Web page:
Submitted to: Journal of Dairy Science
Publication Type: Peer Reviewed Journal
Publication Acceptance Date: October 10, 1995
Publication Date: N/A
Interpretive Summary: Demands to lower dairy producers' milk-testing costs, to increase technicians' ability to handle more herds, and to reduce disruption of normal milking routine have spurred investigations and implementations of alternative milk-testing methods that have the credibility of official Dairy Herd Improvement record keeping plans. Yield on test day reported as a percentage of the actual milk shipped has been proposed by dairy industry groups as a statistic for monitoring the accuracy of alternative record keeping plans. This statistic was examined to determine 1) if its properties differed with herd size, production level, and record-keeping plan and 2) whether adjusting individual daily milk yields for this statistic would increase the accuracy of genetic evaluations for milk yield. Frequency distribution of the statistic revealed a normal distribution centered around 103%, which indicated that dairy producers average 3% more milk yield on test day than they normally ship. Herd size, record keeping plan, and herd production level explained little of the differences in test-day yield as a percentage of milk shipped. Monitoring test-day yield as a percentage of milk shipped should help 1) to ensure that correct milking intervals have been reported to record keeping technicians and 2) to detect previously unknown problems associated with collection of test-day milk yields. Although adjusting individual daily milk yields for the test-day yield as a percentage of milk shipped could result in better estimates of actual milk produced, such an adjustment would have little effect on accuracy of genetic evaluations.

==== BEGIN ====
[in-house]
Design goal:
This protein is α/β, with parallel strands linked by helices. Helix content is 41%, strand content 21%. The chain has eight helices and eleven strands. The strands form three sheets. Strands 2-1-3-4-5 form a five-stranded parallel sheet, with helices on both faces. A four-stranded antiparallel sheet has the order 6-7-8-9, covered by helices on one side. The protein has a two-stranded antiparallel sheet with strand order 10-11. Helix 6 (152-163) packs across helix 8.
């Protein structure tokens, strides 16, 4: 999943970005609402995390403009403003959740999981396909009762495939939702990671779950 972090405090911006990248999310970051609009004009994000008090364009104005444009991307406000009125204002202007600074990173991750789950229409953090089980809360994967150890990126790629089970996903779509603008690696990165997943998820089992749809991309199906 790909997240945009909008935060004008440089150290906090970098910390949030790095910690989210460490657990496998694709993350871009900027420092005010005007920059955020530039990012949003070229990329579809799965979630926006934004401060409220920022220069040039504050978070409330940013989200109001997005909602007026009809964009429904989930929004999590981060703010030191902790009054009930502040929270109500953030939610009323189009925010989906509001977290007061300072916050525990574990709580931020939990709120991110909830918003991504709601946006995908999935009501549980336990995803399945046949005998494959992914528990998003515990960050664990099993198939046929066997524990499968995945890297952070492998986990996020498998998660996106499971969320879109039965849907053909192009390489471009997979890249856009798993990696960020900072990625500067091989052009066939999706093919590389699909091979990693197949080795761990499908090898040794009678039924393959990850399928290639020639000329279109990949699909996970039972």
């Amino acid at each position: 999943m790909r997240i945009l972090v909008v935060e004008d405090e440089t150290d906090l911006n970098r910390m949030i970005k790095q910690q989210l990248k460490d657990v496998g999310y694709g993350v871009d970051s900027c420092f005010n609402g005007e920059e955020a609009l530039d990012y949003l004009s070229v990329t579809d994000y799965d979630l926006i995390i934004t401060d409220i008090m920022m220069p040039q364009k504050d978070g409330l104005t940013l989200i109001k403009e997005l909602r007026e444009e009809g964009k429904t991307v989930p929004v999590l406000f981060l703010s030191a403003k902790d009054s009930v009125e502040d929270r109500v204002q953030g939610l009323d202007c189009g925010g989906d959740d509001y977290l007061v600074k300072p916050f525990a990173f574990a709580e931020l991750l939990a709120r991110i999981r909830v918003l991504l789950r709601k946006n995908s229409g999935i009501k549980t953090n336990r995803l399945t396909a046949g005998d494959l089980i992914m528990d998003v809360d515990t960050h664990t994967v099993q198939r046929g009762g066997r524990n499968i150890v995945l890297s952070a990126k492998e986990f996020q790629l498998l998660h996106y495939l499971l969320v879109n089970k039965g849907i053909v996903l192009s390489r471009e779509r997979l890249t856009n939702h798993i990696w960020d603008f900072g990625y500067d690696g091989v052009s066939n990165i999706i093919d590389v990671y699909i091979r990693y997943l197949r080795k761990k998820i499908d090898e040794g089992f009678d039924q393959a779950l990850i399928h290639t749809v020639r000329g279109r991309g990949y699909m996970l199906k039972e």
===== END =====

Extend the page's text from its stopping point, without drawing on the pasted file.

Milk yield recorded on Dairy Herd Improvement (DHI) test day was compared with milk yield shipped from Texas and Minnesota herds in the innovative DHI test plan "Alternate AM/PM Without a Timer." Controls were test-day yields and milk yields shipped from official DHI herds in Texas, Illinois, Minnesota, and several Northeastern U.S. states. Herd test-day milk yield as a percentage of milk shipped (%MS) was considered an indicator of accuracy of the test. Mean %MS was 103 with a standard deviation of 6 for all plans and regions. If herd test-days with missing values were excluded, the percentage of herd test-days within 96 to 110 %MS was 77 and 82 for Texas and Minnesota innovative test plans, respectively, and 82, 82, 79, and 81 for Texas, Minnesota, Illinois, and Northeastern official plans. Analysis indicated that %MS was consistent across herd sizes, data sources, and milk production levels. Eight hypothetical testing plans were examined with or without adjusting lactation yields for %MS. Multitrait animal model variance component estimates of the lactation milk yields were computed and compared. Adjusting records for %MS would decrease mean milk yields by 3% and could result in better estimates of actual milk produced but would have little effect on accuracy of genetic evaluations.